The Congress lost power after PV's term as PM. He was held responsible for the debacle and made to step down from the presidentship of the Congress. His action in the Jain hawala case, indiscretions by a few of his Cabinet ministers, his refusal to withdraw support to a government in UP and his preference for AIADMK as poll ally vis a vis DMK earned him many enemies within and outside his party. When he faced legal action in respect of certain deeds of others for which he held vicarious responsibility, people completely deserted him. Upon coming out unscathed in the cases, his terse comment was: 'The truth is vindicated'. Detractors of PV point out that he did not take concrete steps to prevent the demolition of Babri Masjid. There is also a view that he could have rushed the army to protect the shrine. Others dismiss such views on the grounds that the issue then was too complex in nature. Legislation that he brought in subsequently to protect religious places and monuments is cited as proof of his secular credentials.

PV never used his authority for personal gains. His long-time friend N D Tiwari fell out with him because PV did not oblige him in bringing down an elected government in UP. Karunakaran, another close friend, became his enemy because he was asked to quit as chief minister in favour of his arch rival AK Antony. As AP's minister for education, PV was instrumental in establishing residential schools, many of which have since recorded outstanding results.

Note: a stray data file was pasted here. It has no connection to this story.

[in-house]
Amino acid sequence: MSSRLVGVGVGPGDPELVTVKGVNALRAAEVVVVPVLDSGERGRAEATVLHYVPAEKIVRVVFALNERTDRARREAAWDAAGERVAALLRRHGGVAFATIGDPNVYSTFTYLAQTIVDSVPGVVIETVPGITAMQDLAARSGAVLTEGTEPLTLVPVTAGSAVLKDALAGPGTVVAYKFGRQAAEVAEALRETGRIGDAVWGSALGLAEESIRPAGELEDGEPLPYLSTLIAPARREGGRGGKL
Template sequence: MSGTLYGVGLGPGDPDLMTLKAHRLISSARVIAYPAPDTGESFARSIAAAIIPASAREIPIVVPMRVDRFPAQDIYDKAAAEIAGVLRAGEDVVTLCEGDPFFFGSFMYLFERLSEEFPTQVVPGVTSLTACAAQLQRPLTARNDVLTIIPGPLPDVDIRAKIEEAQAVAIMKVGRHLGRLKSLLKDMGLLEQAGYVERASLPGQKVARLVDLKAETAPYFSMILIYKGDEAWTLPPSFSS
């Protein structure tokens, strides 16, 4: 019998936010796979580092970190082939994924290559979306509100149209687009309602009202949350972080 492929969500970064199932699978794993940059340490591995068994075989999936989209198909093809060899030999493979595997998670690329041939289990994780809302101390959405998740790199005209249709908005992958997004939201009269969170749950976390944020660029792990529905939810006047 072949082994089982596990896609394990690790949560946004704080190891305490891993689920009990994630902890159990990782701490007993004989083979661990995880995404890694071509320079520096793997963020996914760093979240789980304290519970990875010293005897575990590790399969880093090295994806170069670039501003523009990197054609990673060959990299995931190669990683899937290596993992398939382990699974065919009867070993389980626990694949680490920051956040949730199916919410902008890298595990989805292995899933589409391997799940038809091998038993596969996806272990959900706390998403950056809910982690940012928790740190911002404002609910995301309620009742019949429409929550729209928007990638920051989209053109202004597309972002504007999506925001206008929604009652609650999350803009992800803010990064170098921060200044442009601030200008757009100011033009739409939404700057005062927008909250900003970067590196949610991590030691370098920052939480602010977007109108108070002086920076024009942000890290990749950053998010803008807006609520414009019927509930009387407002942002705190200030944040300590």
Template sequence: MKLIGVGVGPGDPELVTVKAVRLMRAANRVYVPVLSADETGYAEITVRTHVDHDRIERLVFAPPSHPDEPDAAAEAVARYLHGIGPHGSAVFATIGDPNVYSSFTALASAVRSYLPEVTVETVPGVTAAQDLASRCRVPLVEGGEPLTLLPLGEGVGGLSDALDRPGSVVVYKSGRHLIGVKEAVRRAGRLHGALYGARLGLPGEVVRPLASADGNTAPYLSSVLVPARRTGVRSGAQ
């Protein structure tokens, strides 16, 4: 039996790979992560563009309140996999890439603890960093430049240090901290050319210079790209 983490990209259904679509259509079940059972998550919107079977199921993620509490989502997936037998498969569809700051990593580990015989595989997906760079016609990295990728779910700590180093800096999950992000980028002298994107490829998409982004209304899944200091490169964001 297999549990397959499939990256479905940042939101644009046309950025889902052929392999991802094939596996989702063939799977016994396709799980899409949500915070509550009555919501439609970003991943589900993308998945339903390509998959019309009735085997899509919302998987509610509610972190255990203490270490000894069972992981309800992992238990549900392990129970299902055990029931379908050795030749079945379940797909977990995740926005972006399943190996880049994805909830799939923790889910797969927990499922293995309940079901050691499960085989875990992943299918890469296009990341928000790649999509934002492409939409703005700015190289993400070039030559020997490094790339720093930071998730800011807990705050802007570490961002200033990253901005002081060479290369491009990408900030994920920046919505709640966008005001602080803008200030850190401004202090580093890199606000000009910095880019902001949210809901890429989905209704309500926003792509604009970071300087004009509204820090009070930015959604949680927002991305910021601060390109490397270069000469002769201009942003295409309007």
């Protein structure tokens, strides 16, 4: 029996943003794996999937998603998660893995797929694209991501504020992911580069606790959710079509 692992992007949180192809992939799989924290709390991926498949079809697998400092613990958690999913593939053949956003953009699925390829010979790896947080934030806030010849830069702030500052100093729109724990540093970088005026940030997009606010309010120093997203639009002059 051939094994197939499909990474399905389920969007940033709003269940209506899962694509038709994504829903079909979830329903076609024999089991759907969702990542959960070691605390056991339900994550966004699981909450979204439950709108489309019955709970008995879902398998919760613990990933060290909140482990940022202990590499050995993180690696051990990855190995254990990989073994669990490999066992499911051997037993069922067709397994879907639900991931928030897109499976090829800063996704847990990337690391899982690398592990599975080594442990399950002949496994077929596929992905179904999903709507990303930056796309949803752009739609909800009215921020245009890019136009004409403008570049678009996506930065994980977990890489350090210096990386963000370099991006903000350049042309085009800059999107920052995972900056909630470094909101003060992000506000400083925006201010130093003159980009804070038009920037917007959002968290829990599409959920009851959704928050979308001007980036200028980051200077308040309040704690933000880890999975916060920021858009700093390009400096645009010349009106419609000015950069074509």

The land reforms that he introduced in AP as chief minister are considered radical in the country and the enabling piece of legislation is deemed far superior to that of states ruled by communists. India's present high GDP growth rate is seen as the outcome of the reforms that he initiated in 1991. Should there be a fitting memorial for this Telugu bidda, the apt epitaph could be: "A humble man of no pretentions who rose to the highest executive position of the country by exceptional talent and fortitude, though the people around him envied and hated but could not ignore". If its wording were left to PV, he perhaps would have settled for: "I died with my head held high".